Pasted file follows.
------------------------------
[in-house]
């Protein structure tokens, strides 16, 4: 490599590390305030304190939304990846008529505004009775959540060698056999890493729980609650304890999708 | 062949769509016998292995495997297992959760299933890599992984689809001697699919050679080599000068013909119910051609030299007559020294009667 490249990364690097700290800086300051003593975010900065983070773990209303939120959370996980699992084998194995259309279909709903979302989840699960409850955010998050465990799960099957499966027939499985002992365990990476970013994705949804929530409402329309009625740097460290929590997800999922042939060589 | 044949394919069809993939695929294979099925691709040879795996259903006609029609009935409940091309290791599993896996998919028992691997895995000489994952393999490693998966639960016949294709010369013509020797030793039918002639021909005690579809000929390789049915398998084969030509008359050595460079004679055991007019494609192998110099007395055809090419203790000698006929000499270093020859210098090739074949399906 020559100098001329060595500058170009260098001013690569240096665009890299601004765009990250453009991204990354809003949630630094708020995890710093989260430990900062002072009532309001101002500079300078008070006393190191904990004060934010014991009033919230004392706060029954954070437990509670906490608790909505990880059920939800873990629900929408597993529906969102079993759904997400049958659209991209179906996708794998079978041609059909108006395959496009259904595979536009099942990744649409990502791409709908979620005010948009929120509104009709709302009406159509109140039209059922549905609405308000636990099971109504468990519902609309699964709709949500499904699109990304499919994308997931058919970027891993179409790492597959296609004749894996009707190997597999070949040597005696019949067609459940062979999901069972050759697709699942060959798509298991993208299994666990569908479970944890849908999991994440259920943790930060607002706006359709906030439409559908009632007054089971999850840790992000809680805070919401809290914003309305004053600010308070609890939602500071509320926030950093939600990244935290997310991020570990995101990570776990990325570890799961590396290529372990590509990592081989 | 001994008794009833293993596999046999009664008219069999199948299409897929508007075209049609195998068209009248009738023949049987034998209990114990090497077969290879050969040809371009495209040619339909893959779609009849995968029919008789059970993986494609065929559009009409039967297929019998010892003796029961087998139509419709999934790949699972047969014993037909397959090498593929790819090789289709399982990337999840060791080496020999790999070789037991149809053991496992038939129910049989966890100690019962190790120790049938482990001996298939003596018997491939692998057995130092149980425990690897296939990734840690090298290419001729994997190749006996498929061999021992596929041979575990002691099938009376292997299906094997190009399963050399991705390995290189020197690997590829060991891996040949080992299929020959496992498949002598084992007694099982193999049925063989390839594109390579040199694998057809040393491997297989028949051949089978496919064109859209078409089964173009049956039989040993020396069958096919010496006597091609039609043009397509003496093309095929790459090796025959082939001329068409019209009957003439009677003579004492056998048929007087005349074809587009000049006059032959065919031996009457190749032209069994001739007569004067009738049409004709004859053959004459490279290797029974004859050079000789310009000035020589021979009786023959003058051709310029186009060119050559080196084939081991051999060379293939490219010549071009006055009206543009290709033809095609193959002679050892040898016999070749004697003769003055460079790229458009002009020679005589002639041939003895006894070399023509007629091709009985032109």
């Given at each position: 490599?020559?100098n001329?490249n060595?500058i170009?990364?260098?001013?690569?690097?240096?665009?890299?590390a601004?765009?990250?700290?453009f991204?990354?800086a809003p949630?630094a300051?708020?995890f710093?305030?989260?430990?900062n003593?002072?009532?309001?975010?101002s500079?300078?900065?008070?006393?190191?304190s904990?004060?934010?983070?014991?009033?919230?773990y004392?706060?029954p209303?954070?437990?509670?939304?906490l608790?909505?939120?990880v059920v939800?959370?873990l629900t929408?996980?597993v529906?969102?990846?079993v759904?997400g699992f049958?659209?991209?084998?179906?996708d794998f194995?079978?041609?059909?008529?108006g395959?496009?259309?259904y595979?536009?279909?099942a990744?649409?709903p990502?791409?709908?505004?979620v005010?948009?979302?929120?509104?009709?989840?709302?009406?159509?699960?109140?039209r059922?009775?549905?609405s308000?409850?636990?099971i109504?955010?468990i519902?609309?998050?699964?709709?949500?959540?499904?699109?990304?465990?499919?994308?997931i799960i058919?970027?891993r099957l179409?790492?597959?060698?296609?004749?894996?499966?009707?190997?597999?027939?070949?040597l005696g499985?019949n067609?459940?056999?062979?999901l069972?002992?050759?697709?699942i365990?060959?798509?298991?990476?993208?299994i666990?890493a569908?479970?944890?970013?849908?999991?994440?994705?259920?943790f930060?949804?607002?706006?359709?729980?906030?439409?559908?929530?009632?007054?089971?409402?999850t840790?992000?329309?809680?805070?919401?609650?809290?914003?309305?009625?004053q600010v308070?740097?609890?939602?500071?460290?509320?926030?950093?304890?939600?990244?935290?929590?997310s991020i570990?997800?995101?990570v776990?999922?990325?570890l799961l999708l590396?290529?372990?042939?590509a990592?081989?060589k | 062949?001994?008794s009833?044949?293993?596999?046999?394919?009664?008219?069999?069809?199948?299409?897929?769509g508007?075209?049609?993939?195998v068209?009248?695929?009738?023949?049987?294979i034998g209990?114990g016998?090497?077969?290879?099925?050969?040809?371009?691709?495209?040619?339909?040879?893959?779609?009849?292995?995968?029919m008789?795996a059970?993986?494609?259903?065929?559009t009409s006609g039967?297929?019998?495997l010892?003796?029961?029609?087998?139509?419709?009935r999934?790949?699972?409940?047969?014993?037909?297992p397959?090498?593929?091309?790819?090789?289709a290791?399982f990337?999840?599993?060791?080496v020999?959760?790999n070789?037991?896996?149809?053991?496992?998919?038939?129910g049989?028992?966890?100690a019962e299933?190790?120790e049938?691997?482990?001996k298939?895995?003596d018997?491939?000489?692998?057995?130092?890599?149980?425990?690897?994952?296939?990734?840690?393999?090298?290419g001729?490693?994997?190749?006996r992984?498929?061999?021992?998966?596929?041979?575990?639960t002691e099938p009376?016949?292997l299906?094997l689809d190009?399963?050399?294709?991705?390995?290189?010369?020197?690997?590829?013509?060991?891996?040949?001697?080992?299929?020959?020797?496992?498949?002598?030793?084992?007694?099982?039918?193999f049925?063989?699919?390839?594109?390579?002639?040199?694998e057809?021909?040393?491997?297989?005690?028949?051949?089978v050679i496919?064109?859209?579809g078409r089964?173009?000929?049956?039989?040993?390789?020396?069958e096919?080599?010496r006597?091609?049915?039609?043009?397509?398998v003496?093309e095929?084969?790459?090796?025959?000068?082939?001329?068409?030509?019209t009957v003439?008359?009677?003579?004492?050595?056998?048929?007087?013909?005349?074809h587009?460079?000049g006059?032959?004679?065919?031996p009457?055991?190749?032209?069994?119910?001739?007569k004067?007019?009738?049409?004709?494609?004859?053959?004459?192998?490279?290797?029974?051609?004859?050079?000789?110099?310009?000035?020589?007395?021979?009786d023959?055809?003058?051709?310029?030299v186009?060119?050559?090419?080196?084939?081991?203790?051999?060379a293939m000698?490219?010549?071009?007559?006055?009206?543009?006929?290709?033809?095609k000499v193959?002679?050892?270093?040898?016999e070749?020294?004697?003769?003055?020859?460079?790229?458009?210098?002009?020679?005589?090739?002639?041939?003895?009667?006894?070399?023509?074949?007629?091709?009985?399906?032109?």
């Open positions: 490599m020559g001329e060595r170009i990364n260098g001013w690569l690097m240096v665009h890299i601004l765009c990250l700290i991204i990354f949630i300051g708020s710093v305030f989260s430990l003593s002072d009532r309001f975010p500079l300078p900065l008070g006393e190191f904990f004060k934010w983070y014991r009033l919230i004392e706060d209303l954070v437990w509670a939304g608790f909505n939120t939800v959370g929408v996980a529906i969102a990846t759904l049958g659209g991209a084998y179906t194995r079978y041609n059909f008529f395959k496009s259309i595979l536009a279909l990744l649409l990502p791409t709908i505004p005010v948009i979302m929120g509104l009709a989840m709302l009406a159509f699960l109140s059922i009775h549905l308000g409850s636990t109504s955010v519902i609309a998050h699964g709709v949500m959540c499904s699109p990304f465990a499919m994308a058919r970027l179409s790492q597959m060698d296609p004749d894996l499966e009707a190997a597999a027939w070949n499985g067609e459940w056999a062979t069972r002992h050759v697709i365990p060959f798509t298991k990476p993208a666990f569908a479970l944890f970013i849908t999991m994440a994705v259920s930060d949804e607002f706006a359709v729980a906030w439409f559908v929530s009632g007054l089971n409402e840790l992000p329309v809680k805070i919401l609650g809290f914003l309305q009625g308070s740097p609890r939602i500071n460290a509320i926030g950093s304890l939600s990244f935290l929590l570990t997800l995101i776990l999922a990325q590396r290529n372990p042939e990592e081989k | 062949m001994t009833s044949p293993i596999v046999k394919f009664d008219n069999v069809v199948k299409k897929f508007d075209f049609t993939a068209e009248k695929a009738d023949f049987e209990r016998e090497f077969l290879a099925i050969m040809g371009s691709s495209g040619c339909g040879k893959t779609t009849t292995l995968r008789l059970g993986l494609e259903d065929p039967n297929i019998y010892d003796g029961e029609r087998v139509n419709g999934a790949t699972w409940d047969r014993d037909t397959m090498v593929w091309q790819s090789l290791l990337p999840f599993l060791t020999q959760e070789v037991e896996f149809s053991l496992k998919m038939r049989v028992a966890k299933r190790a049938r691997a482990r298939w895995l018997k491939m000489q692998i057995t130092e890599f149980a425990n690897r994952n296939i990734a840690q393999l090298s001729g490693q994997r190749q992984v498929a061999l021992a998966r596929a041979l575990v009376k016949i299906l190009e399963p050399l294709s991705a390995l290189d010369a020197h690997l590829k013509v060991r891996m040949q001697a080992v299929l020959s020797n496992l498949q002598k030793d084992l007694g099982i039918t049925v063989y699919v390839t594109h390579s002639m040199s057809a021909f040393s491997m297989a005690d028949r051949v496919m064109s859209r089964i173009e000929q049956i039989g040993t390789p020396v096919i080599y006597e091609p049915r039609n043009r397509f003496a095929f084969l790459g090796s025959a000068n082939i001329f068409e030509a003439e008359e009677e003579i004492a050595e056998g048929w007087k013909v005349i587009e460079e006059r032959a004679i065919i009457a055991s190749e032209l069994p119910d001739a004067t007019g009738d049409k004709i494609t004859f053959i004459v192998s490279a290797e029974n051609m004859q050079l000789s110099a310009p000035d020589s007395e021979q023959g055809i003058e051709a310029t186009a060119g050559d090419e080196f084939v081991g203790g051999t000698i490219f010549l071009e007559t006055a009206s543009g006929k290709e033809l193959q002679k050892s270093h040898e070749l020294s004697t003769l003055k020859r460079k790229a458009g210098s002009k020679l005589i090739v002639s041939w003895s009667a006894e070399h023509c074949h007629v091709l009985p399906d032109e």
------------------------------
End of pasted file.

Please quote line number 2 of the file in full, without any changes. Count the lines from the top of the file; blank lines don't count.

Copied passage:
């Protein structure tokens, strides 16, 4: 490599590390305030304190939304990846008529505004009775959540060698056999890493729980609650304890999708 | 062949769509016998292995495997297992959760299933890599992984689809001697699919050679080599000068013909119910051609030299007559020294009667 490249990364690097700290800086300051003593975010900065983070773990209303939120959370996980699992084998194995259309279909709903979302989840699960409850955010998050465990799960099957499966027939499985002992365990990476970013994705949804929530409402329309009625740097460290929590997800999922042939060589 | 044949394919069809993939695929294979099925691709040879795996259903006609029609009935409940091309290791599993896996998919028992691997895995000489994952393999490693998966639960016949294709010369013509020797030793039918002639021909005690579809000929390789049915398998084969030509008359050595460079004679055991007019494609192998110099007395055809090419203790000698006929000499270093020859210098090739074949399906 020559100098001329060595500058170009260098001013690569240096665009890299601004765009990250453009991204990354809003949630630094708020995890710093989260430990900062002072009532309001101002500079300078008070006393190191904990004060934010014991009033919230004392706060029954954070437990509670906490608790909505990880059920939800873990629900929408597993529906969102079993759904997400049958659209991209179906996708794998079978041609059909108006395959496009259904595979536009099942990744649409990502791409709908979620005010948009929120509104009709709302009406159509109140039209059922549905609405308000636990099971109504468990519902609309699964709709949500499904699109990304499919994308997931058919970027891993179409790492597959296609004749894996009707190997597999070949040597005696019949067609459940062979999901069972050759697709699942060959798509298991993208299994666990569908479970944890849908999991994440259920943790930060607002706006359709906030439409559908009632007054089971999850840790992000809680805070919401809290914003309305004053600010308070609890939602500071509320926030950093939600990244935290997310991020570990995101990570776990990325570890799961590396290529372990590509990592081989 | 001994008794009833293993596999046999009664008219069999199948299409897929508007075209049609195998068209009248009738023949049987034998209990114990090497077969290879050969040809371009495209040619339909893959779609009849995968029919008789059970993986494609065929559009009409039967297929019998010892003796029961087998139509419709999934790949699972047969014993037909397959090498593929790819090789289709399982990337999840060791080496020999790999070789037991149809053991496992038939129910049989966890100690019962190790120790049938482990001996298939003596018997491939692998057995130092149980425990690897296939990734840690090298290419001729994997190749006996498929061999021992596929041979575990002691099938009376292997299906094997190009399963050399991705390995290189020197690997590829060991891996040949080992299929020959496992498949002598084992007694099982193999049925063989390839594109390579040199694998057809040393491997297989028949051949089978496919064109859209078409089964173009049956039989040993020396069958096919010496006597091609039609043009397509003496093309095929790459090796025959082939001329068409019209009957003439009677003579004492056998048929007087005349074809587009000049006059032959065919031996009457190749032209069994001739007569004067009738049409004709004859053959004459490279290797029974004859050079000789310009000035020589021979009786023959003058051709310029186009060119050559080196084939081991051999060379293939490219010549071009006055009206543009290709033809095609193959002679050892040898016999070749004697003769003055460079790229458009002009020679005589002639041939003895006894070399023509007629091709009985032109």